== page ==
Colossal is a leagues-deep creature feature that’s not actually a creature feature, but still totally is a creature features at the same time – you with me? Only Nacho Vigalondo‘s genre-defying approach could have pulled off such inner strife disguised as a spiritual Godzilla relative. Struggles with addiction are ensnared by a story about obsession – but there’s also a gigantic monster destroying Seoul, South Korea while Anne Hathaway tries to reassemble her life. Nacho’s main character has to fight her demons both internally and externally, in what’s easily one of the more ingenious monster movies in quite some time. One would say it’s a…COLOSSAL….hit! *shrugs off shame, leaves pun anyway*
Ms. Hathaway stars as Gloria, a middle-age party girl who spends her nights drunkenly navigating the NYC party scene. It’s all fun and games until her boyfriend, Tim (Dan Stevens), kicks her out. With nowhere to go, she flies back to her bumbleish hometown with only an empty family rental and an air mattress to her name. Almost immediately, she reconnects with an old local friend – Oscar (Jason Sudeikis) – who gives her a job waitressing at his bar. Gloria is making an honest attempt to get back on her feet, until she uncovers a shocking discovery – she’s unknowingly controlling a gigantic, slimy monster that keeps appearing in Seoul.
If the premise sounds silly, it’s because it is. Colossal voices this tremendous sense of humor that has more fun playing around with monsters than it does trying to scare or destroy. When Hathaway attempts to understand the monster’s connection, she projects different signals to prove her control beyond doubt. Raised arms (a perfect shot of the monster’s arms outstretching on TV, lined up with Hathaway’s paralyzed body) confirm the unthinkable, while gyrating pelvic dances taunt for show.
Nacho brings an enjoyable wackiness to the monster’s physical makeup, whose devastating actions and gargantuan size tower over even the tallest buildings – but as Hathaway tries to clean up her act, so does the monster. Have you ever seen a Godzilla enemy apologize for toppling skyscrapers? And then become an internet meme sensation? Hil-f#*king-arious.
Yet, creature generics play second-fiddle to the film’s true themes (despite what locals played by Austin Stowell and Tim Blake Nelson might theorize) – the whole “this isn’t really a creature feature” aspect.
Hathaway moves home to collect herself in solitude, licking open wounds after her online journalism career derails. Alcohol is her medicine, and while it distracts from the pain of disregard, it also leads to her monster’s most destructive appearances. As she starts accounting for her choices, sobriety leads to clearer decisions and a monster who is sympathetic to its own accidental actions. Stevens’ straight-edge Brit boyfriend demands Hathaway get help and leaves her to rebuild alone, but then just assumes relationship control when she starts showing signs of a rebound. It’s the whole “I don’t want you at your worst, only your best” argument, which is met with strength and assuredness by Hathaway’s conscious, independent self.
Yet, despite Hathaway’s charmingly irresponsible – and charismatically astonished – turn, Sudeikis steals the show through a role that’s too well-suited for his talents. Most movies pin Sudeikis as the dashing, douchey male smartass who eventually has some type of emotional epiphany, and he walks away as the wise-cracker with a heart of gold – but Nacho sees more in Sudeikis.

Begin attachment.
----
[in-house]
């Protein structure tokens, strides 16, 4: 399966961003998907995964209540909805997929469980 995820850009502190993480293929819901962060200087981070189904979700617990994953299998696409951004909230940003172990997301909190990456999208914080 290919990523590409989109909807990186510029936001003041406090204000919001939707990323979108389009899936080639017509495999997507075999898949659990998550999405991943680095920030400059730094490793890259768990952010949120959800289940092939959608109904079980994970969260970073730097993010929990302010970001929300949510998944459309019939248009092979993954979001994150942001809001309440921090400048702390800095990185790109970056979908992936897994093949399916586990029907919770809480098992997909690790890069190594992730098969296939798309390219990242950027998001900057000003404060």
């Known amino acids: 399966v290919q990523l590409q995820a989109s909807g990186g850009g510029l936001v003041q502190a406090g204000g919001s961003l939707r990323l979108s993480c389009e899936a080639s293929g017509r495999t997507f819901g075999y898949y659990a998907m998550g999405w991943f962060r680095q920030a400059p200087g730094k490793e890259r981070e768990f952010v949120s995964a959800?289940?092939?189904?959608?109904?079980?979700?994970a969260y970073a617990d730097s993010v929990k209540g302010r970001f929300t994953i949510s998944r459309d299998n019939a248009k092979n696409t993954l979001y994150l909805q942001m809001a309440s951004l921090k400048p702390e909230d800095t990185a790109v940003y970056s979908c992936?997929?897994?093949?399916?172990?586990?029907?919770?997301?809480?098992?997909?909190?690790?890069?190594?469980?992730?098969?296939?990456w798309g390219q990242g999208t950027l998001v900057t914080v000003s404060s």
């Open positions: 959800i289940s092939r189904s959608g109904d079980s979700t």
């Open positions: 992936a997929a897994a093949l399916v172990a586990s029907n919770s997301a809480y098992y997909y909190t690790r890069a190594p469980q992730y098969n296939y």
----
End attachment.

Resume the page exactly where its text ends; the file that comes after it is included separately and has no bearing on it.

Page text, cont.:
Instead of veering towards a path of righteousness, Sudeikis’ Oscar continues down a dark, alcoholic spiral of his own, taking over for Gloria by driving his shitty life directly into the ground. As Colossal presses on, Sudeikis drinks more, harasses Gloria more and evolves into an obsession-thriller stalker with a show-stopping ace up his sleeve. Hollywood never truly lets Sudeikis be bad, but that’s all going to change after Colossal. His inherently smug charms work so well when they’re not hiding something positive underneath, just a rotten core that’s even worse than his stinging verbal assholeishness.
The only times Colossal stumbles is in explanation, when Gloria has her “This is how it all began!” moment. As a child, walking to school, she has an incident with a school project and Oscar’s younger self, but it doesn’t add any new information that’s not already conveyed through their adult relationship/rivalry. Supernatural blasts of lightning do indeed represent some mystical force, but there’s no true enlightenment by way of revelation (8:05AM, a playground and South Korea all meld together). Nacho’s control of story is surprisingly tight for such a goofy take on city-crushing creatures, only wavering when an explanation is attempted (or how Tim Blake Nelson just disappears).
Besides this plotted hiccup, Colossal is a monstrous tale of human consequence. The focus here is on Hathaway’s Gloria, and her ability to deal with the unimaginable when she can’t even seem to complete a task as simple as inflating an air mattress. Nacho Vigalondo’s handling of South Korea’s destruction recreates everything we love about old Godzilla movies, and his handling of slapstick sensibilities only makes his monster an even bigger internet hit.
Hathaway takes a chance on her vulnerable, drunken project of a character, but becomes a larger-than-life lead once her sorta-pet manifests into the fold – not to outshine Sudeikis’ male gaze. This is a heavyweight battle between loathing and rebirth, only with an all-too-enjoyable movie-monster twist. Only Nacho could humanize the most snarly, grotesque beast imaginable, and still create a personal drama that’s hilarious, heartfelt and indulgently destructive (in more ways than one).
And that’s all without me spoiling the film’s biggest, shiniest hidden gem (a conflict steeped in socially relevant gender issues)…